The researchers are in the process of trying to tease out the factors that allow youths to succeed despite considerable obstacles. But in Mr. McElrath-Bey's view, such transformations often have little to do with the promises of politicians or the cyclical crackdowns by law enforcement. Instead they are often prompted by less tangible forces: the support of a parent, the insistence of a girlfriend, the encouragement of a priest or pastor, the mobilization of a community, the birth of a child.
Mr. McElrath-Bey began his own move toward a different life at 18, as he sat in a prison cell serving a sentence for helping to lure a 14-year-old rival gang member into an abandoned building, where he was beaten to death, and later setting the body on fire.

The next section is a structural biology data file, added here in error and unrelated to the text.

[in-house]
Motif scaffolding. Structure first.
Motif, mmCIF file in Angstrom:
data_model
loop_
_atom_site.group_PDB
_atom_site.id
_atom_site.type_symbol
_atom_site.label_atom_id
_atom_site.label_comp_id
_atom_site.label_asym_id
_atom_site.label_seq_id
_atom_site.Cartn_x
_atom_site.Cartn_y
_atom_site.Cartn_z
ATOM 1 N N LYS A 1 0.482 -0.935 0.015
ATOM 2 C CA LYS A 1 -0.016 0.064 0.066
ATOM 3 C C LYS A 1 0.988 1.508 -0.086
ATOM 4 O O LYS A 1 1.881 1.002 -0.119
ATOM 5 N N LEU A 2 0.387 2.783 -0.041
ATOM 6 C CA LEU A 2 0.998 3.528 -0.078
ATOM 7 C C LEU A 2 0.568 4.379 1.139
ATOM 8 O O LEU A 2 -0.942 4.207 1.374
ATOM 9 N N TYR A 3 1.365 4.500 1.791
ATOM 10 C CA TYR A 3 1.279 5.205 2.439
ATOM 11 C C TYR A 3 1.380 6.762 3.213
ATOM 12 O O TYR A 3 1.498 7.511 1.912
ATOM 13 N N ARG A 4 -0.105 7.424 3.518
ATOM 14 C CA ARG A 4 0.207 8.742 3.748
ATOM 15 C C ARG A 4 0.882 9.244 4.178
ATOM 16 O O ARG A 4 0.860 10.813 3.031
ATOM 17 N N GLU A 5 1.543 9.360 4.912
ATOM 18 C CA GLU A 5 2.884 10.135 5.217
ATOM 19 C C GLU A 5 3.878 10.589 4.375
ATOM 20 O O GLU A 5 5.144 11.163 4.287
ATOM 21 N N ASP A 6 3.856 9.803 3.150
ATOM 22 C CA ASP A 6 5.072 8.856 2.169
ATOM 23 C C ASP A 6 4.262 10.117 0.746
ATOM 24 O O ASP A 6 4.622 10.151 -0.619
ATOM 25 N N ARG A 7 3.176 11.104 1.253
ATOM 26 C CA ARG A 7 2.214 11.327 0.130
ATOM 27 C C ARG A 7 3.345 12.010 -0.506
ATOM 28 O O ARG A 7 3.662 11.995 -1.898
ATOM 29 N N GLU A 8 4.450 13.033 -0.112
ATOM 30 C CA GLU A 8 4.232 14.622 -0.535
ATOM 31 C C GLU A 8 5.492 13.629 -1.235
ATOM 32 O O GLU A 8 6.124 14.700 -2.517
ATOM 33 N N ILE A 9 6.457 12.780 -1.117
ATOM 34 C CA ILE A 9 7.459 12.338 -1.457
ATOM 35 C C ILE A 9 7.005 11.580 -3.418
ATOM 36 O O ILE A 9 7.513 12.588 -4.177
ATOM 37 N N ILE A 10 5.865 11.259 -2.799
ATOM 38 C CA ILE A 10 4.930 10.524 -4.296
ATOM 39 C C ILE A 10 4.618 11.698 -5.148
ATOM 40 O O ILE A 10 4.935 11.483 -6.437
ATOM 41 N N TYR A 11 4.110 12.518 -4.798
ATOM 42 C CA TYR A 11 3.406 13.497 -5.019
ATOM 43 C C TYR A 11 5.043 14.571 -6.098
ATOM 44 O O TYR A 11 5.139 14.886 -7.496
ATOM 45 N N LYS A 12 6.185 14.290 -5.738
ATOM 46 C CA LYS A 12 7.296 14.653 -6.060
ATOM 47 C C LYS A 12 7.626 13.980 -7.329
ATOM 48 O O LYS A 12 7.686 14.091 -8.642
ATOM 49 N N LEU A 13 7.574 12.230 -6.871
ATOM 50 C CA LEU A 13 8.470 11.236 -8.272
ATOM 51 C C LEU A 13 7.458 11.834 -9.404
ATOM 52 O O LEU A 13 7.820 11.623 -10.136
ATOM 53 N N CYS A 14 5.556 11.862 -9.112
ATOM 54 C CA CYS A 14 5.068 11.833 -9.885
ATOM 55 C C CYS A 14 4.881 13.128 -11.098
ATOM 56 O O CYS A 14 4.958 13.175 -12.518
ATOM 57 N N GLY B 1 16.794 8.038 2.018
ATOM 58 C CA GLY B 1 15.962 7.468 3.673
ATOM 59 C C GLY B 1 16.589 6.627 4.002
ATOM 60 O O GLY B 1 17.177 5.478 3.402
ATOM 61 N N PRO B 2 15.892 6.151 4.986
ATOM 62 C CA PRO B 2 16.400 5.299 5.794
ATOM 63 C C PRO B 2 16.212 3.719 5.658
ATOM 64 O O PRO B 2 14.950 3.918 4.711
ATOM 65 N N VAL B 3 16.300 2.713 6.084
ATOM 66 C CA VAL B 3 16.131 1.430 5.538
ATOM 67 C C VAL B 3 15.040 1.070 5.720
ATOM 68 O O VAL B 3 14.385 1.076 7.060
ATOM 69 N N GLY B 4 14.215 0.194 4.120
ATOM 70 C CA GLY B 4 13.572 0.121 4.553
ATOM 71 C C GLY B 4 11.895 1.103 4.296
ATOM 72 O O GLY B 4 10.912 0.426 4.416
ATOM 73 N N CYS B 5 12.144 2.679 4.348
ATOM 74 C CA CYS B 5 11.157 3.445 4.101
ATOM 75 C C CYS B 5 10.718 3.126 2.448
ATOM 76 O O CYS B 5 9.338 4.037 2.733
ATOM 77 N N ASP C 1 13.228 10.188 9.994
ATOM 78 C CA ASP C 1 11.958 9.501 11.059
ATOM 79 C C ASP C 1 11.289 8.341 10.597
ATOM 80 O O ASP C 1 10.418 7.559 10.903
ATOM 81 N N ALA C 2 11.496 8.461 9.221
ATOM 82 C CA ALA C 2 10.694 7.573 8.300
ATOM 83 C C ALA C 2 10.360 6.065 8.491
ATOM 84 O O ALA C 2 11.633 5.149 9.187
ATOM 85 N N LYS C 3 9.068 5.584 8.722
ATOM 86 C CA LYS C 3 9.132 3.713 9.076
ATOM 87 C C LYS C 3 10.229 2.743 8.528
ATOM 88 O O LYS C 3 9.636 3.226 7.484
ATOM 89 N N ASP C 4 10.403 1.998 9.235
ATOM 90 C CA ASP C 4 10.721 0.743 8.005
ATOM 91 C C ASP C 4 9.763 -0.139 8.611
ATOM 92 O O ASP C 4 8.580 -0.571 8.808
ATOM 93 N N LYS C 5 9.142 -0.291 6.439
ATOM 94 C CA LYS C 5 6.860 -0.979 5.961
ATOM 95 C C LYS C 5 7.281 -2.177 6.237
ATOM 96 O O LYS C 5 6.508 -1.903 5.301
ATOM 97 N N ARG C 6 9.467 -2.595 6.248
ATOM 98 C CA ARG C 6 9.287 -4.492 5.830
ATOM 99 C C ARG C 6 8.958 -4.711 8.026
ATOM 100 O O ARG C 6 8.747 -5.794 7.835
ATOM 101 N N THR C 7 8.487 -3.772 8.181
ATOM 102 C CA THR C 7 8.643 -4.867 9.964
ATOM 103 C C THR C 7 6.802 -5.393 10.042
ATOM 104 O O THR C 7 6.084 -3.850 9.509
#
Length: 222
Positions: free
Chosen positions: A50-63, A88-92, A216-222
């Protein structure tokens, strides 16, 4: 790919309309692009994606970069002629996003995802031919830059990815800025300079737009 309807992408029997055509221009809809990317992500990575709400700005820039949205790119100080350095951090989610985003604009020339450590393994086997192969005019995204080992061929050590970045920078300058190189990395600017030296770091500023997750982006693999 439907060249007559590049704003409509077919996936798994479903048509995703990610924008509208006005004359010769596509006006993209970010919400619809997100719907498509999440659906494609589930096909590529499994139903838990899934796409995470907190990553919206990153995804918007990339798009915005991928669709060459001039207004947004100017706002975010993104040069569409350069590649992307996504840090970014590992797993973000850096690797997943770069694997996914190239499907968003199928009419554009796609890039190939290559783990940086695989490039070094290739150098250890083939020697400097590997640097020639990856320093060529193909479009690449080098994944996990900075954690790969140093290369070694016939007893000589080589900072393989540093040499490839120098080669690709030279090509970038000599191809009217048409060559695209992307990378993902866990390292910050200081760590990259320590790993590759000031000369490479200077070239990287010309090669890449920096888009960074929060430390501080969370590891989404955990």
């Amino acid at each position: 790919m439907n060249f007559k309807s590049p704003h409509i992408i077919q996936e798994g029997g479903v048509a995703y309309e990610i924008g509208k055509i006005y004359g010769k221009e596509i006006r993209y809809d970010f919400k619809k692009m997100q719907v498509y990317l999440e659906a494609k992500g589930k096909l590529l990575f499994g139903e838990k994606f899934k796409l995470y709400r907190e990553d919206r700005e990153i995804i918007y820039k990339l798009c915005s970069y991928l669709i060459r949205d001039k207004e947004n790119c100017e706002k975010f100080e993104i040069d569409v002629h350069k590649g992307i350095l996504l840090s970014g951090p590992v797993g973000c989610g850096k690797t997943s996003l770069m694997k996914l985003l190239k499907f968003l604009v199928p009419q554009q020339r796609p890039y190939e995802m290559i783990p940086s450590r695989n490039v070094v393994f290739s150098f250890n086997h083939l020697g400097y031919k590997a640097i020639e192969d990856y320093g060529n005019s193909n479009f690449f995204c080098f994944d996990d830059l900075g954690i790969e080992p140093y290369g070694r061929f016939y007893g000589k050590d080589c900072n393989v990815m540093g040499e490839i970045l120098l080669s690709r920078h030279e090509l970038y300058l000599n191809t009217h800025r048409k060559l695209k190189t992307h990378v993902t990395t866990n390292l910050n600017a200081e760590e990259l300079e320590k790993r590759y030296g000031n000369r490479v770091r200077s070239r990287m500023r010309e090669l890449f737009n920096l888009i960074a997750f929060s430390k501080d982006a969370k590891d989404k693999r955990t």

He fought against incarceration at first, staying involved with the gang, earning a year in solitary confinement for assaulting a corrections officer. But for the first time in his life, he also began to reflect.
"You can't help but wonder how life could have been different," he said, "and of course, in those rare moments you start to realize all those people that you hurt. I thought about my case, I thought about my family, I thought about my sister, who was out there starting to get involved in gangs, and it all started to eat away at me."
Now when he goes back to his old neighborhood, he still feels a connection to his old life.
"A great part of who you are is that culture," he said, "and because of that, you're always going to identify with that group, you're always going to feel that affinity toward your community and your neighborhood."
But he is in a different place now.
"This is what you were born into, this is the misery of your reality," he tells young men who remind him of himself at an earlier age. "But you yourself have the power and strength to rise above this."
This article originally appeared in The New York Times.